13. 4 out of 5

    Heather

    This is a memoir by a woman who by all accounts, had everything. She came from a wealthy family, never needed anything, although her parents were definitely far from normal and her mom could have benefited from therapy. The author fell into the world of plastic surgery and became addicted, partially because of her self-loathing and her quest for perfection and partially because of the "plastic surgeon" she chose who actually was not board certified. This book is interesting and I would classify This is a memoir by a woman who by all accounts, had everything. She came from a wealthy family, never needed anything, although her parents were definitely far from normal and her mom could have benefited from therapy. The author fell into the world of plastic surgery and became addicted, partially because of her self-loathing and her quest for perfection and partially because of the "plastic surgeon" she chose who actually was not board certified. This book is interesting and I would classify it as a "summer read". The moral of the story is to love who you are because everyone is different and there is no such thing as the perfect body or the perfect face. I enjoyed this book, I tend to like memoirs like this. It is not a heavy read and I would think only women would enjoy the topic.

  14. 5 out of 5

    Mandy

    Reading this book after Mutant Message Down Under was extrememly depressing for me. Where MMDU made me analyze myself and my life, it left me feeling hopeful and uplifted. Reading this was heart-breaking and slightly disturbing. While I appreciate the message she is trying to share, it feels a little too raw for my taste. From a writing-style perspective, it feels like it jumps around too much for the first two-thirds of the book. It became very confusing trying to keep the timeline straight. Ove Reading this book after Mutant Message Down Under was extrememly depressing for me. Where MMDU made me analyze myself and my life, it left me feeling hopeful and uplifted. Reading this was heart-breaking and slightly disturbing. While I appreciate the message she is trying to share, it feels a little too raw for my taste. From a writing-style perspective, it feels like it jumps around too much for the first two-thirds of the book. It became very confusing trying to keep the timeline straight. Overall, I would recommend MMDU much faster than this book for a introspective result. It's not awful, but can be hard to read at times.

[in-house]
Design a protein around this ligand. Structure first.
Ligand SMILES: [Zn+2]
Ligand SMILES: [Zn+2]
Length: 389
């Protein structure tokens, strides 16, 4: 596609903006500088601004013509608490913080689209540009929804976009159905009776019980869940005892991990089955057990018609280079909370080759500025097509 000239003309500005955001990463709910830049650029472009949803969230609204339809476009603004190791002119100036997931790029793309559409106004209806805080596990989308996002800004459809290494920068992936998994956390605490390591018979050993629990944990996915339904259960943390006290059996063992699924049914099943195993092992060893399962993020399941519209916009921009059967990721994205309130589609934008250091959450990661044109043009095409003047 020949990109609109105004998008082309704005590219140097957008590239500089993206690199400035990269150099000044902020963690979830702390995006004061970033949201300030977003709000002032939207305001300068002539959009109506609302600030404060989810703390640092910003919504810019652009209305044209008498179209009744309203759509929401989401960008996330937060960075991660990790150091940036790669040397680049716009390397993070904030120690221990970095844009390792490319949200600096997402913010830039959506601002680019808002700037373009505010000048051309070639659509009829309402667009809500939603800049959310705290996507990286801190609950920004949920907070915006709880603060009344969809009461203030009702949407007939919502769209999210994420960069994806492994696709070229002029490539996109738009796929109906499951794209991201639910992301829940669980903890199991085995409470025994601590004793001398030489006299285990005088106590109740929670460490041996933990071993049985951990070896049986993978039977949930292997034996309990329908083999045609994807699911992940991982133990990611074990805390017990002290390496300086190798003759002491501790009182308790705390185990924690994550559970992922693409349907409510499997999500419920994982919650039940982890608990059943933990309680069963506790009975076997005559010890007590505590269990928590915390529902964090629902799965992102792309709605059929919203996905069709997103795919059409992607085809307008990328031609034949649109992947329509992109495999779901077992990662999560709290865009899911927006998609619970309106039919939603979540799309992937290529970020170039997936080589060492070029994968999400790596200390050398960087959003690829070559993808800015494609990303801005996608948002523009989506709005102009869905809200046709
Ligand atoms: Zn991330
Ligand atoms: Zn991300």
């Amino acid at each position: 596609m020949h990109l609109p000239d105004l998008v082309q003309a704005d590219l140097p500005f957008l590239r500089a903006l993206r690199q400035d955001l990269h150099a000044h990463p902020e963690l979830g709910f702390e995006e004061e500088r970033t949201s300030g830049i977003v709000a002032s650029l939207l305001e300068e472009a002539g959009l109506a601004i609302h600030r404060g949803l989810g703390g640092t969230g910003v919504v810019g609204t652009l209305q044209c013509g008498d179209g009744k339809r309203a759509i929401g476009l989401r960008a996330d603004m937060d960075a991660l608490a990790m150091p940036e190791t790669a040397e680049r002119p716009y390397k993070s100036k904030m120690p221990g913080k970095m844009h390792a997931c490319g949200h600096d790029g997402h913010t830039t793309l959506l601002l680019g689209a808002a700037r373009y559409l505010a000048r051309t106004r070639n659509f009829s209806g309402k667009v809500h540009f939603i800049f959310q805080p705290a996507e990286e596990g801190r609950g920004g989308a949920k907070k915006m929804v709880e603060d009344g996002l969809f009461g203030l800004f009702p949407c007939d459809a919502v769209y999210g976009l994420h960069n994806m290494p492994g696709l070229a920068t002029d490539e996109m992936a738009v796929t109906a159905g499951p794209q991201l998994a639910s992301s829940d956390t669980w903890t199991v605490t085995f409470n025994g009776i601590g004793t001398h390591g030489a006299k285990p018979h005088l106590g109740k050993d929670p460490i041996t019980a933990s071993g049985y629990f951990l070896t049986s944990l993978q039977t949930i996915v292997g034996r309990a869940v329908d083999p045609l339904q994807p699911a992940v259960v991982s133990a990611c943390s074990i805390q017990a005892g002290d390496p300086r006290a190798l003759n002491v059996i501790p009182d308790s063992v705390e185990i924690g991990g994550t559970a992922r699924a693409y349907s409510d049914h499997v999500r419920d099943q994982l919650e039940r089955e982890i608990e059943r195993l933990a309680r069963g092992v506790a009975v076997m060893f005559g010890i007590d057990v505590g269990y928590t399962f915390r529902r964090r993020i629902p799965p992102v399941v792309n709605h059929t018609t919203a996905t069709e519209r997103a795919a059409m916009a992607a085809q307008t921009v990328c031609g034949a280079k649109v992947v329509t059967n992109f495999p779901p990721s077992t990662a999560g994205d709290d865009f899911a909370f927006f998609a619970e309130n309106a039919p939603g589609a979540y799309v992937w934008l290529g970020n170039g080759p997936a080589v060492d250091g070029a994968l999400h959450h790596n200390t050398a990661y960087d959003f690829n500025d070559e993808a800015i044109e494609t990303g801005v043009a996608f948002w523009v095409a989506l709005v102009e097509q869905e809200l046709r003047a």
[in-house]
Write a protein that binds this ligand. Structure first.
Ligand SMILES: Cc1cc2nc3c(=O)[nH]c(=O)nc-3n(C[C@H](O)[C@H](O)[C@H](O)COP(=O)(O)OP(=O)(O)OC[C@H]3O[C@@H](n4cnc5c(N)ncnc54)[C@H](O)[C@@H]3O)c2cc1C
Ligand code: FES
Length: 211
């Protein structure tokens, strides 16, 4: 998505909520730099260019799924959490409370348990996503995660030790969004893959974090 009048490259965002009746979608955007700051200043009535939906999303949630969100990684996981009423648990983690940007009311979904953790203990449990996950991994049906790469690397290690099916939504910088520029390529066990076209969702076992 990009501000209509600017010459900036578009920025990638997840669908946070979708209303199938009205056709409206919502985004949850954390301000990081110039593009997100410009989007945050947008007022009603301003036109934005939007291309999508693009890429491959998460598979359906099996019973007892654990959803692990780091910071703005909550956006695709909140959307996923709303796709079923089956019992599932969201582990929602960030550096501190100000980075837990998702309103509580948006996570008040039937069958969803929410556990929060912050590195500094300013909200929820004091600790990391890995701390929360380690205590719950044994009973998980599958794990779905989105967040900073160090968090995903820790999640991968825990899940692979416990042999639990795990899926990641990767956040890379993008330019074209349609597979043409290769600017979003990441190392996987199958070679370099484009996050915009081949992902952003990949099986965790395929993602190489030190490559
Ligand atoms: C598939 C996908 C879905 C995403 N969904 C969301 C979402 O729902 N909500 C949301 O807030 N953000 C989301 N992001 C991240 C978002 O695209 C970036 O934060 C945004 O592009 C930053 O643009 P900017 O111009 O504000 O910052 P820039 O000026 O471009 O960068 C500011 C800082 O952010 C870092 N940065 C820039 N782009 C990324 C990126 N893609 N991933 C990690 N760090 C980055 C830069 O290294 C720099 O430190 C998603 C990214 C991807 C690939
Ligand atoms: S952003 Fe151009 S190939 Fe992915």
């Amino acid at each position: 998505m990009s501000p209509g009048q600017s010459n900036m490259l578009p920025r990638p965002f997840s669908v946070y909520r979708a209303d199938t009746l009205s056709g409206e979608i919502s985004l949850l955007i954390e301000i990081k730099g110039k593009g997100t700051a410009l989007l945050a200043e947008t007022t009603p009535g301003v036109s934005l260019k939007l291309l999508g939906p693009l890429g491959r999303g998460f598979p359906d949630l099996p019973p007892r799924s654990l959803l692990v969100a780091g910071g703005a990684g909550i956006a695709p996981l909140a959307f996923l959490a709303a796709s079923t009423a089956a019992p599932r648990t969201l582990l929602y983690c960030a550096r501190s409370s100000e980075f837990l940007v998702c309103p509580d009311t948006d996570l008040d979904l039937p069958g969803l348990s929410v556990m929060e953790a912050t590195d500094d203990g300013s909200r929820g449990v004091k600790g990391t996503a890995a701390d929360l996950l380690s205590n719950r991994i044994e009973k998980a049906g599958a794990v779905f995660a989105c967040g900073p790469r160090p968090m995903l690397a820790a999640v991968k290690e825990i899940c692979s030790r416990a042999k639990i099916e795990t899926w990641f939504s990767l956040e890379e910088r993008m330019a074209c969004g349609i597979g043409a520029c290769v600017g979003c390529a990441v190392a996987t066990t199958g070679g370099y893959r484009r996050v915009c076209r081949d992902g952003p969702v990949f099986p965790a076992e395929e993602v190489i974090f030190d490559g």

15. 4 out of 5

    Alvi Harahap

    Here is my fave part of the book. "The young, beautiful models in fashion magazines do not represent the norm. In fact, these freakishly beautiful women make up less than one percent of the population. Their looks are the result of a genetic gift. And yet, they are the standard against which we are told to measure ourselves. The magazines tell us that we, too, can be as lovely and desirable as they are if only we have the right beauty regimen, exercise program, or plastic surgery. And despite th Here is my fave part of the book. "The young, beautiful models in fashion magazines do not represent the norm. In fact, these freakishly beautiful women make up less than one percent of the population. Their looks are the result of a genetic gift. And yet, they are the standard against which we are told to measure ourselves. The magazines tell us that we, too, can be as lovely and desirable as they are if only we have the right beauty regimen, exercise program, or plastic surgery. And despite the bold claims of anti-aging treatments, there is no way to recapture youth. It’s a profoundly unfair ideal that leads women on an impossible quest."

  16. 5 out of 5

    Ronya

    It took me a long time to get through this...not sure if it was because it bored me or I had better things to do. Guess I never really felt attached to Donahue so I thus didn't care what she did to herself...the issues that led to her decisions to have plastic surgery are what were more interesting to me and I wish she would've talked more about those than she did. All that crazy within her family would've been a great story. It amazed me that she went to a plastic surgeon who wasn't board certi It took me a long time to get through this...not sure if it was because it bored me or I had better things to do. Guess I never really felt attached to Donahue so I thus didn't care what she did to herself...the issues that led to her decisions to have plastic surgery are what were more interesting to me and I wish she would've talked more about those than she did. All that crazy within her family would've been a great story. It amazed me that she went to a plastic surgeon who wasn't board certified and kept returning to him despite knowing this. I guess the premise of the book is a good one. But overall, it was kind of boring.